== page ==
Since one objective of the project was to give attention to various co-operative pilot cases and to promote co-operatives in different kinds of business models, support was given to 14 different cases dealing with co-operative co-operation model structures, social entrepreneurship, learning environments of entrepreneurship and new business areas. Social franchising, which is a new issue in Finland, was taken up in a seminar of the project.
In 2011, a competition on small co-operatives in Finland was arranged as part of the project. Its objective was to offer visibility of well-functioning small co-operatives and make various business models of co-operatives known. In Finland, the co-operative sector is traditionally strong and diverse but the well-known established co-operatives are big, i.e. in the retail trade the biggest actor is a co-operative with millions of members.
In 2010, Tampere Region Co-operative Centre won a prize in “Enterprising Europe Award” (by European Commission) for increasing 500 % the number of co-operatives in Tampere.
Because of its objectives, the project had a wide range of co-operation and networking both at the national and European level incl. various international activities and an exchange of good practices. The project was i.e. active in participating UN Year of Co-operatives 2012, international seminars, peer review and mainstreaming networks (i.e. SEN) and events and research co-operation. For instance the project was initiating co-operation between the promoters of co-operative entrepreneurship in the Nordic countries.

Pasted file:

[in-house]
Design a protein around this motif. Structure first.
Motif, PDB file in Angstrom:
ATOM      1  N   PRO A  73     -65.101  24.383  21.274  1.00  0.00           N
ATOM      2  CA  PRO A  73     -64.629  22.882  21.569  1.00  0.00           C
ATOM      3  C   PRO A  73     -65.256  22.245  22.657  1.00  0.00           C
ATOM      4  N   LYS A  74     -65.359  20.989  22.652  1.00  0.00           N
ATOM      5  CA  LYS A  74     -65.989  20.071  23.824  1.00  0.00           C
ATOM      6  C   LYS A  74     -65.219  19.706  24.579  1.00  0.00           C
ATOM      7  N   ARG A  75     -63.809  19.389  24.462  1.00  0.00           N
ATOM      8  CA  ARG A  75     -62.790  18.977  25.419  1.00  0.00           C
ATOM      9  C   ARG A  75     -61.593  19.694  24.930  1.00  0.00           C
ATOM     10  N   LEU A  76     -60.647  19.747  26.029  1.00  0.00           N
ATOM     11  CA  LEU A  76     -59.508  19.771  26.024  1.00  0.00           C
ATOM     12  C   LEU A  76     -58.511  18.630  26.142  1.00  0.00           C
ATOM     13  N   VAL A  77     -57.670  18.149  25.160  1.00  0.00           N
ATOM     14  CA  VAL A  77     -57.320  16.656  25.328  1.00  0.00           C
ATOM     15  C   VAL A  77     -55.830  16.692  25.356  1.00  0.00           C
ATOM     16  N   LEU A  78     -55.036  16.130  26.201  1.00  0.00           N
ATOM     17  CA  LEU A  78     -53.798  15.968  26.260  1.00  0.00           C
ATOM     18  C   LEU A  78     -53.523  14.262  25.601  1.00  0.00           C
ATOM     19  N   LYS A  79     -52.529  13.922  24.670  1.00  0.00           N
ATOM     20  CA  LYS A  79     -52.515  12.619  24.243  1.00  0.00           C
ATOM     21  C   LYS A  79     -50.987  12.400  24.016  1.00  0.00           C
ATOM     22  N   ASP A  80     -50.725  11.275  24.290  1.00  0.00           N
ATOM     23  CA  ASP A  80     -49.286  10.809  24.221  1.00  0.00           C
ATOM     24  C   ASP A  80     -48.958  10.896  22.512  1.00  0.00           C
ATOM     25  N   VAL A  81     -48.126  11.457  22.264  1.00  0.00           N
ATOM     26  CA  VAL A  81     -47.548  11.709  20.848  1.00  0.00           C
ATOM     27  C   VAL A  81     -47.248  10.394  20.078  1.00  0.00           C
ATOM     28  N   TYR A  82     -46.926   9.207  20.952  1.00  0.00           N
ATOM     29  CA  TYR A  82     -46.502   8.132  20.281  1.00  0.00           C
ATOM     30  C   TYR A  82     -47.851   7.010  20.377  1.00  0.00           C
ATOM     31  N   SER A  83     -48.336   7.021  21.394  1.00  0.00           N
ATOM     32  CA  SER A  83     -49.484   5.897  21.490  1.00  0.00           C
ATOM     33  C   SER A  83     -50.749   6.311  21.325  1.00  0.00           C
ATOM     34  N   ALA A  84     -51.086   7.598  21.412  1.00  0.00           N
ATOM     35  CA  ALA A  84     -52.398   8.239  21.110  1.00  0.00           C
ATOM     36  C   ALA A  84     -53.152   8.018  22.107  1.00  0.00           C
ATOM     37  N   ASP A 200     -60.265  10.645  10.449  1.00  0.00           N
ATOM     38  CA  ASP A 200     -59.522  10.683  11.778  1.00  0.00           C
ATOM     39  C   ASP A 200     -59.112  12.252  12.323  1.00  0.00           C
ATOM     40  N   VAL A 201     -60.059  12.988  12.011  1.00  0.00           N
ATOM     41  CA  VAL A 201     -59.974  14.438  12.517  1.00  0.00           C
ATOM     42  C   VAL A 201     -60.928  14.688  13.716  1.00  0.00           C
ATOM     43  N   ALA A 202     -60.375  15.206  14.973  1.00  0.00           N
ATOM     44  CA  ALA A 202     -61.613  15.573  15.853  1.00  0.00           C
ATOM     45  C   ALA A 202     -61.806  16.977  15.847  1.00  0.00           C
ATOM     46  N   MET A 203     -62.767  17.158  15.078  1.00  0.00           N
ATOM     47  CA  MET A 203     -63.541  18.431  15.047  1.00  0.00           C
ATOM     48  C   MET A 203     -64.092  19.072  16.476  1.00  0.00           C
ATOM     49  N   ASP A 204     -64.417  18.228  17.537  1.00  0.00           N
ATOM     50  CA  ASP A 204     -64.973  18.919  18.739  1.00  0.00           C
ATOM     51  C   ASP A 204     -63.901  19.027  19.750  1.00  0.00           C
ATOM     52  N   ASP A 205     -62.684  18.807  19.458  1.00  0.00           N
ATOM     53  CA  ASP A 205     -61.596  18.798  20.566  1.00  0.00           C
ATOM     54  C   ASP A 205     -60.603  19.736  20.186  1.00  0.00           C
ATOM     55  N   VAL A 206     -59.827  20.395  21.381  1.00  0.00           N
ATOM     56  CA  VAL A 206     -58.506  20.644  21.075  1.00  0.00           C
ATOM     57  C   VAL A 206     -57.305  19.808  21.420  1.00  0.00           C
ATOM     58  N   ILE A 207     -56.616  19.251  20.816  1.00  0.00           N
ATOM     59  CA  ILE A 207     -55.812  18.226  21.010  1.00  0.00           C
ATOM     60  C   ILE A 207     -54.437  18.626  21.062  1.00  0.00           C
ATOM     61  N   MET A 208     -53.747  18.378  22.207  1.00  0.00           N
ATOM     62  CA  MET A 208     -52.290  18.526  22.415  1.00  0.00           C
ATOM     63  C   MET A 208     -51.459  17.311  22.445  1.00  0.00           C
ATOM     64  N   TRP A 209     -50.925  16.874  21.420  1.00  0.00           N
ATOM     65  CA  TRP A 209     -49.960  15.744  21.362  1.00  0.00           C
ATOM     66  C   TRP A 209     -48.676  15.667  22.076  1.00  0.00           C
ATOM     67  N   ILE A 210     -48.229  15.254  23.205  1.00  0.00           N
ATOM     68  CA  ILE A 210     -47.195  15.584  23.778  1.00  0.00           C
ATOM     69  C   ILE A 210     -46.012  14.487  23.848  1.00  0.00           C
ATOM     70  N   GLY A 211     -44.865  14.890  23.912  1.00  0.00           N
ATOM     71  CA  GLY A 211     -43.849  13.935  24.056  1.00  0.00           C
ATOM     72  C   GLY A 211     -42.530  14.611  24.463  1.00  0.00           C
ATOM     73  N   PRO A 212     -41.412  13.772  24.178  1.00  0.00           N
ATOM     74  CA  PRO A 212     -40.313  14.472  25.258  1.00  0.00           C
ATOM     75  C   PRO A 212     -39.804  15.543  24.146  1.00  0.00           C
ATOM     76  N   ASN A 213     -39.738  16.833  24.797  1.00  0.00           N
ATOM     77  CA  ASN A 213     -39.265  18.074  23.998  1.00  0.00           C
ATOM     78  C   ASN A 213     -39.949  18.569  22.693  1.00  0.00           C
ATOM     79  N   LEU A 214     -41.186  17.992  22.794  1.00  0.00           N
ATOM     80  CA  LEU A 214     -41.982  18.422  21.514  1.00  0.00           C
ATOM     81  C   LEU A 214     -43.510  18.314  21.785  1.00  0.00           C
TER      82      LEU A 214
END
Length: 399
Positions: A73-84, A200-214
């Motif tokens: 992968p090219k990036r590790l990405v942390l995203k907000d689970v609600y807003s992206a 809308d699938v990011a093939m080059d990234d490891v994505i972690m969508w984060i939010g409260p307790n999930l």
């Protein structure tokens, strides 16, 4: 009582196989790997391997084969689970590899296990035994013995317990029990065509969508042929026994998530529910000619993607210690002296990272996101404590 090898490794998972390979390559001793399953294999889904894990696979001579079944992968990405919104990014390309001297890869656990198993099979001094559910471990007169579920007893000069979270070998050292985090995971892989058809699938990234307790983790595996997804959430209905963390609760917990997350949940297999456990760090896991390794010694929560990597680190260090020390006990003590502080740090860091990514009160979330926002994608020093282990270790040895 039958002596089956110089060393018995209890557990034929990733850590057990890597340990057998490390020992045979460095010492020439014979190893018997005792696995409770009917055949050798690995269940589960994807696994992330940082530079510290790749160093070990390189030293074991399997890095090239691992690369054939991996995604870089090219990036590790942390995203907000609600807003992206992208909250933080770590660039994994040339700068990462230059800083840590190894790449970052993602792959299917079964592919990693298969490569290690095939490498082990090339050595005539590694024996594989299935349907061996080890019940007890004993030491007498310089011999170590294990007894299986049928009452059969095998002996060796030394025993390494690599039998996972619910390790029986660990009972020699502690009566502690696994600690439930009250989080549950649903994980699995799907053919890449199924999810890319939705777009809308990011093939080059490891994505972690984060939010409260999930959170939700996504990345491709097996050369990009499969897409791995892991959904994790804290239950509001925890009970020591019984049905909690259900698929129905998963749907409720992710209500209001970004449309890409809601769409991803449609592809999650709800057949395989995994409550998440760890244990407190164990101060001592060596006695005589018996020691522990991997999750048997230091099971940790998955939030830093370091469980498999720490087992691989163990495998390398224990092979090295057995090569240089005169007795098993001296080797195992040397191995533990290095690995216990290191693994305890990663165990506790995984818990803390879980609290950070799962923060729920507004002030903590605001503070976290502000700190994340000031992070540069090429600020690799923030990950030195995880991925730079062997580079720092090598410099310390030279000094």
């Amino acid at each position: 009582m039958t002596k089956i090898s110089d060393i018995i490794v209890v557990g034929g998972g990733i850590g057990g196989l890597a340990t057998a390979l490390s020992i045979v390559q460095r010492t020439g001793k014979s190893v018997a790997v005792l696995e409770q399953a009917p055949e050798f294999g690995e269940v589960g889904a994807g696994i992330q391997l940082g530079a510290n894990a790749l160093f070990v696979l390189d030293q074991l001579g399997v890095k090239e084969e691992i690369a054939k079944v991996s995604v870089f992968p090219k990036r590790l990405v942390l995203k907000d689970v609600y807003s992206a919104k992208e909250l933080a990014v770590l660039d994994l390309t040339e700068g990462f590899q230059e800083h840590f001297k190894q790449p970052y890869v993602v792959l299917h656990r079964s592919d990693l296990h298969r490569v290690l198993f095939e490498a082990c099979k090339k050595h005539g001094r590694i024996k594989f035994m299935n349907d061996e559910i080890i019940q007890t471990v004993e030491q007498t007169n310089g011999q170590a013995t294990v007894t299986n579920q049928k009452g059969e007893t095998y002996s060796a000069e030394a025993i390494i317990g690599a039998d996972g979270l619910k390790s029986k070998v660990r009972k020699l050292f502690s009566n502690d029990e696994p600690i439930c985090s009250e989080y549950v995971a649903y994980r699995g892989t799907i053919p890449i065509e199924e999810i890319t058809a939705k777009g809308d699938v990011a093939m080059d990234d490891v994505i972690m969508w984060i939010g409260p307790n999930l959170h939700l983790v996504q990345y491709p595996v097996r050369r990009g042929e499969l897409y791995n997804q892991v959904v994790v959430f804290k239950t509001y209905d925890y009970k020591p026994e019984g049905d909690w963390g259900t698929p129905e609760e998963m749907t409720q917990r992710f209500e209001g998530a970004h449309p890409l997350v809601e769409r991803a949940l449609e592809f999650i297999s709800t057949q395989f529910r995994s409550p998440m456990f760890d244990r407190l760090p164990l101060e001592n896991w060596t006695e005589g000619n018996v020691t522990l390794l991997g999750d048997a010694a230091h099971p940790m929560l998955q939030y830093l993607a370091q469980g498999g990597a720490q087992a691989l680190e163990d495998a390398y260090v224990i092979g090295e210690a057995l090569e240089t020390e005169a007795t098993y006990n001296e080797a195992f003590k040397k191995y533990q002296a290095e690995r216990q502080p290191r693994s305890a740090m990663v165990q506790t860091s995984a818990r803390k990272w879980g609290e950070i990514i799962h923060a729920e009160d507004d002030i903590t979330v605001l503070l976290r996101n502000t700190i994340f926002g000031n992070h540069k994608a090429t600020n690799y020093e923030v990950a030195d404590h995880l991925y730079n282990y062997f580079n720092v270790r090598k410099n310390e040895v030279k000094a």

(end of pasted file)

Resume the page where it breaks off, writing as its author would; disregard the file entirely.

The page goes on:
An outcome of the project is guidance and a chart describing the counseling process step-by-step. The extranet includes the presentations, brochures, guidance and all the other material prepared by the project. For integrating counseling on co-operative entrepreneurship into Enterprise Finland, the project produced a CD –ROM from its outcome for the benefit of Enterprise Finland to be used in the working space of the customers and working groups planning the learning environment of the enterprise counselors. Also, there is a proposal for contents of information for a space open to the public in Enterprisefinland.fi.